I’m not happy with the video though and this could be a showstopper for me. Videos are extremely important for my work. During 2010 the number of video views I got per day on YouTube grew by at least 4x to around 12000 per day. Views on articles are not growing that quickly. I currently use VGA for file-size and usability but I am definitely wanting to upgrade to 720p in 2010.

I took a video with the N8 during the test and it was very poor indeed. The problem is that the N8 has a fixed-focus video configuration which means it doesn’t work well for close-up work and that’s exactly the scenario I need to cover. Despite recordings being high-bitrate and high-resolution files, the quality isn’t good enough for this close-up work. I’ve used the video function in typical smartphone scenarios and it’s great but my special requirement is a real problem. Does this mean I’ll have to take my old Canon S2IS for videos? If I do, why bother with the N8 at all?  Sure, the Canon adds 500 grams  but even at 2KG, I’m saving a lot of weight and I get that critical video capability back.

Maybe there’s even a better, lighter camera option?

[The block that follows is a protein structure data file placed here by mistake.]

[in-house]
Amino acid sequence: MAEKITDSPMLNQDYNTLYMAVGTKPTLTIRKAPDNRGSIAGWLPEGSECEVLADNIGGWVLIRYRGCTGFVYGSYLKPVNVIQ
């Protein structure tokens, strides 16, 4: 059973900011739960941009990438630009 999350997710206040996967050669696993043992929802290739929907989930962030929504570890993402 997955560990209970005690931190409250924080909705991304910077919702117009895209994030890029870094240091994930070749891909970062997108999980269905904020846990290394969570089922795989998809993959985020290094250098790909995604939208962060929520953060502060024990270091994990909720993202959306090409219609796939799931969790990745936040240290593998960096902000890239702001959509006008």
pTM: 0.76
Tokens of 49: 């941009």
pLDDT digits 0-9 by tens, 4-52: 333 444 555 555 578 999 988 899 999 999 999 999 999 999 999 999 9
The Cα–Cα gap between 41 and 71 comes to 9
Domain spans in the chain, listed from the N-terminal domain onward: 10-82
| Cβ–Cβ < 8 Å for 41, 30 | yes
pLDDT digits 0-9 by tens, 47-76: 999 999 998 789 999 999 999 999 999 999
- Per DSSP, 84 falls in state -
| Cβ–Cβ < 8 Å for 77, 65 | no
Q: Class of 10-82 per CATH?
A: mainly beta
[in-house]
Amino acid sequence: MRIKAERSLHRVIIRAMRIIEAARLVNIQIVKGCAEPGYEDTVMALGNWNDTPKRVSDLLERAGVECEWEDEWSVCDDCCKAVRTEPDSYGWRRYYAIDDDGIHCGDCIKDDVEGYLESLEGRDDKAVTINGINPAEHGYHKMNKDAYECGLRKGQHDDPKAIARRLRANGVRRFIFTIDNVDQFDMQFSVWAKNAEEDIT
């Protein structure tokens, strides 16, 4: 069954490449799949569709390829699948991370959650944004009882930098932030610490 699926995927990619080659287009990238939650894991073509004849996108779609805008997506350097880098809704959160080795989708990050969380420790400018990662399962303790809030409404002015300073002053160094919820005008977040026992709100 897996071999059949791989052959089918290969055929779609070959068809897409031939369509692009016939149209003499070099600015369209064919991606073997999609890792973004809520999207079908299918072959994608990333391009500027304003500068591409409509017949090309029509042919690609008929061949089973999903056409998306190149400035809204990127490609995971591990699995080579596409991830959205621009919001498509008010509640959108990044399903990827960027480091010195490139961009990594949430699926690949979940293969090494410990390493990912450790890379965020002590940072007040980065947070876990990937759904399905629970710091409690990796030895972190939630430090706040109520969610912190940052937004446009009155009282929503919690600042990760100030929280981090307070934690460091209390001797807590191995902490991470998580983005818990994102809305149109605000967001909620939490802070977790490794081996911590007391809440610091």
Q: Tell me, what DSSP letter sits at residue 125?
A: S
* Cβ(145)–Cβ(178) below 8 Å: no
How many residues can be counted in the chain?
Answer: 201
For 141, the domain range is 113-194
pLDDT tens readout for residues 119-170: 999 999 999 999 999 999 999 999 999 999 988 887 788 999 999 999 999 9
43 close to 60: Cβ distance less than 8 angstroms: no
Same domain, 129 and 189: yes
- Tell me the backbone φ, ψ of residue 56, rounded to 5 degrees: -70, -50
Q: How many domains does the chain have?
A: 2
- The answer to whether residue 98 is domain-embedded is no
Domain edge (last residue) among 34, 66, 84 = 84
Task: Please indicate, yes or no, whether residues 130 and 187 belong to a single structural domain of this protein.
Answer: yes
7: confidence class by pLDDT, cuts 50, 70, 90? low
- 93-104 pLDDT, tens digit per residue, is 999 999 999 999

I’m now taking a look at a new standalone camera that includes WiFi, Bluetooth, 720p recording and weighs just 168gm. Remembering that professional photo and video blogging is not the same as professional photography and that mobility is absolutely key to my work, the Samsung ST5500 might work out well.

It really looks like the N8 won’t quite fit in as my mobile video device. I’m sad! I really thought I’d found an amazingly light and flexible mobile reporting kit for trade shows but now I know that if the N8 can’t do the video part, no smartphone can offer the photo/video performance I’m looking for.

Tomorrow i’ll be heading out to at least try a Samsung ST5500. At 200 Euro it’s not that expensive and there’s a possibility it will lift my mobile reporting kit to the next level. Happy to hear your suggestions for a sub 200gm compact for low-light and close-up moblogging though!

As for the N8 it still could fit in well. Despite the problem above It still seems to fit my setup better than any other phone. I love the quality of the build and the small features like the fm transmitter, usb on-the-go, metal body and even silly little things like timed profiles and the lock/unlock slider. For general family/friend videos it’s going to be fine too. I’m also reading that software updates are coming soon. Browser improvements, sharing improvements and continuous focus video recording will really help. As for the market and third party apps, I’m actually very happy to be doing that on my Galaxy Tab. The dovetailing really does seem good. There’s no doubt I will take the N8 to Las Vegas in a few weeks so standby for more reports on it.

22 Responses to “Nokia N8 + Galaxy Tab Companions for CES Tested”